Past Projects

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A few snapshots from past projects can be seen above.




Past Projects


Inter-Turbine Burners for Improved Part-Power Performance of Turboshaft Engines

    The use of an inter-turbine burner for improving the part-power performance of small turboshaft engines was investigated. An inter-turbine burner is a second combustor placed between the gas generator exit and the power turbine to "reheat" the engine gas stream before it enters the power turbine. The inter-turbine burner is used to increase engine power at the maximum power setting permitting the core engine to be run closer to its design condition at part-power settings. Cycle analysis shows significant improvement in specific horsepower with an accompanying increase in specific fuel consumption at the full power condition. The part-power specific fuel consumption improves significantly at power levels below half of the maximum power. This improved specific fuel consumption at part-power settings will reduce fuel consumption during the cruise/loiter segments of the UAV mission. Thus there is a net benefit to time-on- station, provided that the cruise/loiter segment is long compared to the take-off and climb segments. The increased specific horsepower of a turboshaft engine with an inter-turbine burner results in a lighter engine for the same maximum power. The commercial application of the proposed ITB engine technology is a new class of cycles for industrial, marine, and aircraft gas turbine engines.

Precompressor Cooling with Water and Oxidizer for Small Access to Space Vehicles

    A study was undertaken to investigate the use of pulse detonation (PD) technology in a relatively near term (~2020 timeframe) engine system for a subsonic commercial aircraft applications. The effort concentrates on an analysis of concepts utilizing PD combustion for a regional jet commercial aircraft engine application. A first order systems analysis of the PD application is presented along with an estimate of installed performance. Conceptual engine design figures of merit include operational costs, engine weight, configuration variations, and, in general, the overall benefits of using PD over current propulsion systems. This study effort addresses the current and projected flight qualification requirements that must be met by future commercial aircraft, particularly environmental compatibility. In the analysis of the application of PD technology to regional aircraft, an engine designated as the RJ7 is used as the baseline engine for this study. The RJ7 is at the current state of regional jet engine technology and its performance and costs are well characterized. The engine concept evaluation criteria include specific fuel consumption, weight, mechanical simplicity (manufacturability and maintainability), installation benefits/penalties to the airframe, and environmental compatibility.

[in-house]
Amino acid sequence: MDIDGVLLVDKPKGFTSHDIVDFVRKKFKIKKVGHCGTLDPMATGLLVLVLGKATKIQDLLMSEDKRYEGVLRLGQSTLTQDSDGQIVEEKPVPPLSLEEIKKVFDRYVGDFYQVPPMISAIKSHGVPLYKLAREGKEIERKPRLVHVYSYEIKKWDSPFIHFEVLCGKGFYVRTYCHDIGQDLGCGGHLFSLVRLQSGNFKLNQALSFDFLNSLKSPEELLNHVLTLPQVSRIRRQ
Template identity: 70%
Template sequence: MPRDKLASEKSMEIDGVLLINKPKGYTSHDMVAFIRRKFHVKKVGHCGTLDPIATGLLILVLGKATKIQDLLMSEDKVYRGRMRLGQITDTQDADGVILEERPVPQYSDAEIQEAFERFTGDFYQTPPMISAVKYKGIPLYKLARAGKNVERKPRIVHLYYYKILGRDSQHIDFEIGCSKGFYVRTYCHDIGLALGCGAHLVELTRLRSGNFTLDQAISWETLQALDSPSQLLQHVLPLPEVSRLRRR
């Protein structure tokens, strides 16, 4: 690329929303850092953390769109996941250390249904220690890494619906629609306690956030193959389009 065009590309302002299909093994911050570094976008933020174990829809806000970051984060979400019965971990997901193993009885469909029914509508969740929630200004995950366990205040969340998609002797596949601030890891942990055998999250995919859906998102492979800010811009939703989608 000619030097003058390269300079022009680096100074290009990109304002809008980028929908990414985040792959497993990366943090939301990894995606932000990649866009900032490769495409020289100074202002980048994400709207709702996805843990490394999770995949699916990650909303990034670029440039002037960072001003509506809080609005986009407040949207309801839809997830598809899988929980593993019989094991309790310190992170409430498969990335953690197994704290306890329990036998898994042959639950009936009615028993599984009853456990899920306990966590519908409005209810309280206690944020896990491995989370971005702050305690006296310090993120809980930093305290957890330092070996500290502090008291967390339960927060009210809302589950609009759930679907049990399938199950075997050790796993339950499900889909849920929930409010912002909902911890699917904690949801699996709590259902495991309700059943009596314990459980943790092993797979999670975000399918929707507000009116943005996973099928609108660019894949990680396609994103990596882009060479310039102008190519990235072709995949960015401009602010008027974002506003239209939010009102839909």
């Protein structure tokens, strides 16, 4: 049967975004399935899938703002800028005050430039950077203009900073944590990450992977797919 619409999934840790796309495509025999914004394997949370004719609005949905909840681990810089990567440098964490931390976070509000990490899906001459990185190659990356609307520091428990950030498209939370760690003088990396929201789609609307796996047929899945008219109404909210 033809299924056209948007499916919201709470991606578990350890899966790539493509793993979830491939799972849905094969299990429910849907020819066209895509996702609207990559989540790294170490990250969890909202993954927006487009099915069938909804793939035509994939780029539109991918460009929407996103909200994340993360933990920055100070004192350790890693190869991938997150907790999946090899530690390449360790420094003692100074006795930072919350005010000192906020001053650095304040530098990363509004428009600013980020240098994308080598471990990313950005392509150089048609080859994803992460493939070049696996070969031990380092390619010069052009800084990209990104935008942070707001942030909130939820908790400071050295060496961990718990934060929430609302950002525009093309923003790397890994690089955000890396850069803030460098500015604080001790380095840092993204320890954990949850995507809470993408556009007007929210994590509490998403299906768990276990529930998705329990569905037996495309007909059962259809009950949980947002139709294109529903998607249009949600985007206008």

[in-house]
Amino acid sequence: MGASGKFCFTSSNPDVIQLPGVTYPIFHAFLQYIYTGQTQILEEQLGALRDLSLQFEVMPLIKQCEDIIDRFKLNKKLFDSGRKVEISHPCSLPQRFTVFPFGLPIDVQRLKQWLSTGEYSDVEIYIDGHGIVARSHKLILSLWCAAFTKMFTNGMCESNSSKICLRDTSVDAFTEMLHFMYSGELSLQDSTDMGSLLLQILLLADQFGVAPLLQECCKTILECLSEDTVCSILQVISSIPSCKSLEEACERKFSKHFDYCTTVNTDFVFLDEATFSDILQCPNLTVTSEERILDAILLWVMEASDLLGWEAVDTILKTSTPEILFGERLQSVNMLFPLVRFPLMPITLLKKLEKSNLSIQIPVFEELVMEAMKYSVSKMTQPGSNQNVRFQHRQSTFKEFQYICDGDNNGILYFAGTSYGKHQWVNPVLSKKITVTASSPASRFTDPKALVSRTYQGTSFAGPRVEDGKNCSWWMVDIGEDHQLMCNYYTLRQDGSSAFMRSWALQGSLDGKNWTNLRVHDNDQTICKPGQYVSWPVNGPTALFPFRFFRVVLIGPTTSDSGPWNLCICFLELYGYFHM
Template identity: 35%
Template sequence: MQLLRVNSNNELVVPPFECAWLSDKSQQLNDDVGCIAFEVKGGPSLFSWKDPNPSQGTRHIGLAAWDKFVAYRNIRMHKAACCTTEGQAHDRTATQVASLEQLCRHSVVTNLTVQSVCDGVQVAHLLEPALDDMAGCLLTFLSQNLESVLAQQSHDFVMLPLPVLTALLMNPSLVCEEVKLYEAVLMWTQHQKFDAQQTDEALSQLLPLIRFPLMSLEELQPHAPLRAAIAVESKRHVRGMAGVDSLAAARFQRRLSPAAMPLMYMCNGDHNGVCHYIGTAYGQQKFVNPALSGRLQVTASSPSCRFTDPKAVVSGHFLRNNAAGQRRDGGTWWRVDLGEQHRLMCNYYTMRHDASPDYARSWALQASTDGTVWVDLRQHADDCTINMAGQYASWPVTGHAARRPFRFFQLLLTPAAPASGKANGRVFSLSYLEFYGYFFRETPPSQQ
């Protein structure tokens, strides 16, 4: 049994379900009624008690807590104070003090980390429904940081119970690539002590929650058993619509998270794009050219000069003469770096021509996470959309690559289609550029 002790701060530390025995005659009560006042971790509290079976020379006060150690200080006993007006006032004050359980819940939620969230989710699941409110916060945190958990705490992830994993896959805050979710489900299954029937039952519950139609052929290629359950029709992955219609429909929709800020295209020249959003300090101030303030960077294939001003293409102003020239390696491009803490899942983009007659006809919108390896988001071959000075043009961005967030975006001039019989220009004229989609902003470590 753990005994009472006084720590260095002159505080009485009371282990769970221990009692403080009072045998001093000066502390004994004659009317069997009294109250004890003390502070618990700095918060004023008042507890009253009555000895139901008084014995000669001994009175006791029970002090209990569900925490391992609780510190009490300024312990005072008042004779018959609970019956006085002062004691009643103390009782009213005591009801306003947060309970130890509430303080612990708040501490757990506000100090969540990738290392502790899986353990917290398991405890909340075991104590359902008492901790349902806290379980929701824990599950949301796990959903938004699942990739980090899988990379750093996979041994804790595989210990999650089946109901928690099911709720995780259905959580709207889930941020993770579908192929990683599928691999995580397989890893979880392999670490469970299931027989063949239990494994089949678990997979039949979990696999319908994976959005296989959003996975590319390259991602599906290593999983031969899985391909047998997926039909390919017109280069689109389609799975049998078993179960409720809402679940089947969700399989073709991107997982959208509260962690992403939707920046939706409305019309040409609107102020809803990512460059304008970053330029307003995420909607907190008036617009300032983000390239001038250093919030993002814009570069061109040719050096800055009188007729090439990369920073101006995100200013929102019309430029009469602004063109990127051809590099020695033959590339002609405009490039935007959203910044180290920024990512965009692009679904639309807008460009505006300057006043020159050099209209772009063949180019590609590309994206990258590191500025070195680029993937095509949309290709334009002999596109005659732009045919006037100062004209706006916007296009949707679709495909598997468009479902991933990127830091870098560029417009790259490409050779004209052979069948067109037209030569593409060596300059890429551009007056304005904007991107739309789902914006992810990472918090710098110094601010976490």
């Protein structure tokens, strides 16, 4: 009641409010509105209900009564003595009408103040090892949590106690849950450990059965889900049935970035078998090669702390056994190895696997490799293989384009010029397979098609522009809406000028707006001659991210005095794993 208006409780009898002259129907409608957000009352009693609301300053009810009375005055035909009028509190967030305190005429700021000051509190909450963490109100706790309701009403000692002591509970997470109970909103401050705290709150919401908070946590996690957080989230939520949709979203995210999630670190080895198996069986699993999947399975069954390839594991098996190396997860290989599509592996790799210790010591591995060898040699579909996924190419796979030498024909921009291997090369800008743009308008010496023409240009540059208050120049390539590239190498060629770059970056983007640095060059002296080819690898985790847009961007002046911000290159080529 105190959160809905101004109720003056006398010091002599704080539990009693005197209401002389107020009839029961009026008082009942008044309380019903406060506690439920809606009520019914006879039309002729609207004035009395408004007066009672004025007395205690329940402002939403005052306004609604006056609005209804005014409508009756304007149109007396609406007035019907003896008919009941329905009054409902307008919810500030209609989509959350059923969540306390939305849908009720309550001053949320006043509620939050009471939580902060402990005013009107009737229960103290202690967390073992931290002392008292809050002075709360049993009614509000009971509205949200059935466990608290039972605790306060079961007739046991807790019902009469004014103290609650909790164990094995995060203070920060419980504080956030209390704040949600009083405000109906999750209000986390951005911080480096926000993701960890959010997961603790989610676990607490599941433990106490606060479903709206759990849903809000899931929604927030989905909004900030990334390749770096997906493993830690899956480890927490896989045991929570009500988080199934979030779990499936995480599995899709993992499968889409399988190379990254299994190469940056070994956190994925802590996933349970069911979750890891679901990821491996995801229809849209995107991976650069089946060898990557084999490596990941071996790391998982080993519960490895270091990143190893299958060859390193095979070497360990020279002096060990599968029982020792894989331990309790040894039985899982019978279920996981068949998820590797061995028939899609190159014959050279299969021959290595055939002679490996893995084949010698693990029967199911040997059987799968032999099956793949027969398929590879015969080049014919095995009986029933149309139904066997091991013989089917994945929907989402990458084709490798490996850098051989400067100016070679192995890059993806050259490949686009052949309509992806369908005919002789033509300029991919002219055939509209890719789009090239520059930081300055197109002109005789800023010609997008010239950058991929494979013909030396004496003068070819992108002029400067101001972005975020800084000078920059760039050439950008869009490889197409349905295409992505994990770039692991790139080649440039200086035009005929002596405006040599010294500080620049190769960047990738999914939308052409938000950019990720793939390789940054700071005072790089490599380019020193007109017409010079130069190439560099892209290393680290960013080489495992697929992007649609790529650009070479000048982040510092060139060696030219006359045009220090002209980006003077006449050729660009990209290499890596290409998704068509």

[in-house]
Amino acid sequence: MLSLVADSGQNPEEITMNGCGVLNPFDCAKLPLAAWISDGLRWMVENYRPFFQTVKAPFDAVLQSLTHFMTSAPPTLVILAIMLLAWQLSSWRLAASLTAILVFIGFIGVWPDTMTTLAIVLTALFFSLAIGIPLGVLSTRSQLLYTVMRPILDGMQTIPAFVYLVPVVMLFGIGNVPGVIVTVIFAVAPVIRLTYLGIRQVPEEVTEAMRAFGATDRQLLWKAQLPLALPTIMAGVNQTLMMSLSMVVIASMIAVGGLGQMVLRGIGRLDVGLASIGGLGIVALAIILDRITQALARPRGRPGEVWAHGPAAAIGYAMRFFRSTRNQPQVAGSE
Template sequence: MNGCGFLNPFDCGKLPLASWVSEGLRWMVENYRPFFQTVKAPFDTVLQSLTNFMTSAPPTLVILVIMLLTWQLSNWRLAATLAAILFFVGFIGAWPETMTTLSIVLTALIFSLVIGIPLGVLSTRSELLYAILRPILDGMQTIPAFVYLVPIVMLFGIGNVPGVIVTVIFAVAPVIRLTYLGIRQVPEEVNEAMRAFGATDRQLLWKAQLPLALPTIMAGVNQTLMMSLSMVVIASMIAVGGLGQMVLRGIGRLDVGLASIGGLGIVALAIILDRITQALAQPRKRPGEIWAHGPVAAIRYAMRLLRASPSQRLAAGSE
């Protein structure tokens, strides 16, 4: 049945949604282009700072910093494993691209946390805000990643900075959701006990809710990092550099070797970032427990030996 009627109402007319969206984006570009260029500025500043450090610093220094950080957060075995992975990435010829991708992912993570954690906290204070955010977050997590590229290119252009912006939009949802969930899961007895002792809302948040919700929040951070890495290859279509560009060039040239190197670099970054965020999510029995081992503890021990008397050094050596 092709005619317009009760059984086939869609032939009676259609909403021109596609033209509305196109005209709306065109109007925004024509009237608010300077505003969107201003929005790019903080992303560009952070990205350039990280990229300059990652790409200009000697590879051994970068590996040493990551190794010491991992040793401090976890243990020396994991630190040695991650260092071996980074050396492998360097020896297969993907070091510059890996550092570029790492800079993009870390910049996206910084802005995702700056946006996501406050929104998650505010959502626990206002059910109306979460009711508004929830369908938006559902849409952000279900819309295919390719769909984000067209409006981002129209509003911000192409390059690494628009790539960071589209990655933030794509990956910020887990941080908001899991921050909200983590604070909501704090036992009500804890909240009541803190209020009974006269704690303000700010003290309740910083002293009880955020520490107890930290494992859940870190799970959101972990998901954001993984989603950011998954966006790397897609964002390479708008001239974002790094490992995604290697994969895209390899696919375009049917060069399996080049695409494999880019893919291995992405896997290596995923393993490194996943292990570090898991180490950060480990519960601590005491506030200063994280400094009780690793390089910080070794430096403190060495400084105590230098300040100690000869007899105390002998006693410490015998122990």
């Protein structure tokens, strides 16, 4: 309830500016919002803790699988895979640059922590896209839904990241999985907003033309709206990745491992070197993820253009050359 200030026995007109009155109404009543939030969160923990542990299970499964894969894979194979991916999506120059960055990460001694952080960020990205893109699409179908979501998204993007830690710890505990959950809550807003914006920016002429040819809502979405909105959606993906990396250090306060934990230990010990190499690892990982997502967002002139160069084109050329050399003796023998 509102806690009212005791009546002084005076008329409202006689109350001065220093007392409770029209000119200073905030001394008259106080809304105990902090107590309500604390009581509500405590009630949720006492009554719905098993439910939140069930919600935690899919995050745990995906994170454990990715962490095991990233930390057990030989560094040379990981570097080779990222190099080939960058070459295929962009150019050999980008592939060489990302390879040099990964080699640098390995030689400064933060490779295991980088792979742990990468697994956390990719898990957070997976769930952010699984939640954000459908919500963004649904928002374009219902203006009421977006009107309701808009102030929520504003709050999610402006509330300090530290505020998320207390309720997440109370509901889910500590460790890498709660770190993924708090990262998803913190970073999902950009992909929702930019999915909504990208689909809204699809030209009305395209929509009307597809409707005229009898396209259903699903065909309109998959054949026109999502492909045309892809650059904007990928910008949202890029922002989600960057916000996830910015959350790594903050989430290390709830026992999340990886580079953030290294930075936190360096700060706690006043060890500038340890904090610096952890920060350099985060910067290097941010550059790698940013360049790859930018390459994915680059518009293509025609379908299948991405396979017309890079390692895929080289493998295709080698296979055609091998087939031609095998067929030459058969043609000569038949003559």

Axial Vorticity Flame Stabilization System for Ramburner Applications

    The objective of the proposed Phase I project was to design, fabricate, assemble and characterize an axial-vorticity flame stabilization system for application to ramjet burners. This effort was successfully completed as planned. By using various combinations of axial-vorticity flameholders and swirl vanes APRI performed tests in which the local flow angle over the step was varied from 15 to 40 degrees in 5-degree increments. The flame stabilization limits were characterized as a function of flow velocity and equivalence ratio. The results demonstrated that as this local flow angle decreased, the range of conditions under which flameholding was achieved decreased. Thus, for a given stoichiometry and mass flow rate, as the local flow angle over the step is decreased, the flow velocity in the separated flow region downstream of the step increases until no flame can be stabilized. Acoustic analysis and acoustic pressure measurements were also made. The results were that no large-amplitude pressure oscillations were observed under any flow conditions.

A Designed-to-Cost Turbojet for Target Drone Applications

    The Navy seeks low cost 160 pound thrust target drone turbojet engines at a cost of $10,000 per engine. This $10,000 per engine price objective was set based on the observation that aviation hobbyists can purchase commercially available turbojet engines for $5000 or less. These hobby engines typically produce less than 50 pounds of thrust and rely on simple designs based on automotive turbocharger components and technology. Inherent to these hobby engine designs is a low overall engine pressure ratio and low turbine inlet temperature. These two features permit the design of an engine with a relatively simple compressor and an uncooled turbine, which may be executed using the inexpensive cast component technology used in automotive turbochargers. Using Navy mission and design requirements, Advanced Projects Research, Incorporated (APRI) has designed an axial flow turbojet engine using simple cast components for the compressor and turbine parts. Formed metal and simple machined parts are used for the bulk of the remainder of the system. To execute the design, fabrication, and eventual production of the proposed engine APRI has worked with manufacturers of automotive turbocharger and supercharger components and manufacturers of hobby turbojet engine components. The feasibility of a low-cost 160 pund thrust axial flow turbo jet engine was demonstrated through design and manufacturing engineering.


Inquiries concerning any of APRI's past projects should be directed to Dr. Thomas Sobota at


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